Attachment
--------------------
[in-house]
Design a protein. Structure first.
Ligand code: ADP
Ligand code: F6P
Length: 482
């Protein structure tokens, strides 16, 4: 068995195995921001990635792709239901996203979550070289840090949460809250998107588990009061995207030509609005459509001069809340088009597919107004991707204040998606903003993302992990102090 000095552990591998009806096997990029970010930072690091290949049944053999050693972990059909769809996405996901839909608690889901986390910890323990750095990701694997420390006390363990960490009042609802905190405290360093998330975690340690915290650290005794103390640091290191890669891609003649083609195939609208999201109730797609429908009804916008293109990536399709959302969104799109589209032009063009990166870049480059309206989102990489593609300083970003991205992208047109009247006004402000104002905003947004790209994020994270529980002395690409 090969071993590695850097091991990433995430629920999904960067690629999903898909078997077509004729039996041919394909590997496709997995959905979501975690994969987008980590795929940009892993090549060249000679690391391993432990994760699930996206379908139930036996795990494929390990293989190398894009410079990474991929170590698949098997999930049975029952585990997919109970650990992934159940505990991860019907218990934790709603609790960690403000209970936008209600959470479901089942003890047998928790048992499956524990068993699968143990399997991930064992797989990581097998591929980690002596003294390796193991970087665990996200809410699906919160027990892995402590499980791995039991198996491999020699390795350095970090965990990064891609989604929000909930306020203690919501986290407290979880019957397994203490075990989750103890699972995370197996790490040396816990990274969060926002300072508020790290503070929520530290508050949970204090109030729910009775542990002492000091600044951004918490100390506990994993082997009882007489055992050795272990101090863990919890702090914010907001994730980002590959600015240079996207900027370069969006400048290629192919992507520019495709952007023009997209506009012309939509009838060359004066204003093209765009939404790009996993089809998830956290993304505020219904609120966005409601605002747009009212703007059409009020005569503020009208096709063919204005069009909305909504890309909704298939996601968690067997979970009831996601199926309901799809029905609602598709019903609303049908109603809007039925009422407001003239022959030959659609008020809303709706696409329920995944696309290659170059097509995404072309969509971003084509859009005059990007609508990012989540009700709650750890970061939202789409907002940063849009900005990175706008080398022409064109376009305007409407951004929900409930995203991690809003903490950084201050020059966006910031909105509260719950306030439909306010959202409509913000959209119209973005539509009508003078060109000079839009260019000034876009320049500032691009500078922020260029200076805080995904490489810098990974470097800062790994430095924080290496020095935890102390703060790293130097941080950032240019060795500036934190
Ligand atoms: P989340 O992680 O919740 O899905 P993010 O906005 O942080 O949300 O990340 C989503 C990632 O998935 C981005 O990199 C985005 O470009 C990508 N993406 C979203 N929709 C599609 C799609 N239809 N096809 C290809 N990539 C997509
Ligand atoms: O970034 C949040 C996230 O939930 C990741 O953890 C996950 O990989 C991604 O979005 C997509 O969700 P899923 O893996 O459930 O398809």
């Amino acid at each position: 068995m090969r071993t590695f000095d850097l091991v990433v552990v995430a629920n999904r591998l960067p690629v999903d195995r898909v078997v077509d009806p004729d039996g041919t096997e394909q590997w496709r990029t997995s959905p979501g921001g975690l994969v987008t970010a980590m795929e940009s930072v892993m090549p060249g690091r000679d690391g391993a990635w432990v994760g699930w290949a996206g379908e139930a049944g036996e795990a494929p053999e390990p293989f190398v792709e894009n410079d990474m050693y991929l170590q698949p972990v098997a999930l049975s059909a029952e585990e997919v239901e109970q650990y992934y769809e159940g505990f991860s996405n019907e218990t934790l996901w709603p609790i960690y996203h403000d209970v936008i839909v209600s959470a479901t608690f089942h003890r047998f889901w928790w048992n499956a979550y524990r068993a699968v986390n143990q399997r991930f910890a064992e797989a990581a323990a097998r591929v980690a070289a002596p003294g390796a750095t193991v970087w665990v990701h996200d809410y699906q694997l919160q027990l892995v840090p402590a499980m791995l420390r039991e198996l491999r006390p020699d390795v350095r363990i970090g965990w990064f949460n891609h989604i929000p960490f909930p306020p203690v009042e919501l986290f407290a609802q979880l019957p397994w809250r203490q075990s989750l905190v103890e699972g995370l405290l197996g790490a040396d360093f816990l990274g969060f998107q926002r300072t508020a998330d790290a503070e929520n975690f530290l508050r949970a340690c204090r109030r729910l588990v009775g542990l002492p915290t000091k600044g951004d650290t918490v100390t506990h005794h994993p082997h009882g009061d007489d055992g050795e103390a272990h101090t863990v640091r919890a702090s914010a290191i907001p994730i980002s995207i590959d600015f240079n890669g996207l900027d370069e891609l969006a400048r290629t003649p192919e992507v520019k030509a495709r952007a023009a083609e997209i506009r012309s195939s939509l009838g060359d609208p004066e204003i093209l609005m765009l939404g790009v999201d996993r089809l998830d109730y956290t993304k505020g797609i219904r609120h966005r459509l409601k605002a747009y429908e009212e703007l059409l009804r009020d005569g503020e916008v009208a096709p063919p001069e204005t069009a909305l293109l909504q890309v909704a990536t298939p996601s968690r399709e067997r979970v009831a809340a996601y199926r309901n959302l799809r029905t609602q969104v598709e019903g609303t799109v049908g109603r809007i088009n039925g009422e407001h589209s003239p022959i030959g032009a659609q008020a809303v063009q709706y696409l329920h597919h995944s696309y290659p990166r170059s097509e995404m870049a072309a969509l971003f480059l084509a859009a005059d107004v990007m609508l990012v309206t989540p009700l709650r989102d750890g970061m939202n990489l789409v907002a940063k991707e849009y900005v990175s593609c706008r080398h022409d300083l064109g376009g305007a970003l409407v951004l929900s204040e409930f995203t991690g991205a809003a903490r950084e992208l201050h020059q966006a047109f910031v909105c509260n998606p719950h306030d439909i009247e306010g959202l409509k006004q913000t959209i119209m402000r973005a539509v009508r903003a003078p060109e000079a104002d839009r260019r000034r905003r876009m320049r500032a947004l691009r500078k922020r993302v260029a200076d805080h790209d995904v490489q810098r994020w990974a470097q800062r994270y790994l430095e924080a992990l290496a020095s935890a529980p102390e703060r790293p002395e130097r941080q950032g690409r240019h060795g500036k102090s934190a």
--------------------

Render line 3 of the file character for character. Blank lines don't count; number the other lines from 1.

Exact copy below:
Ligand code: ADP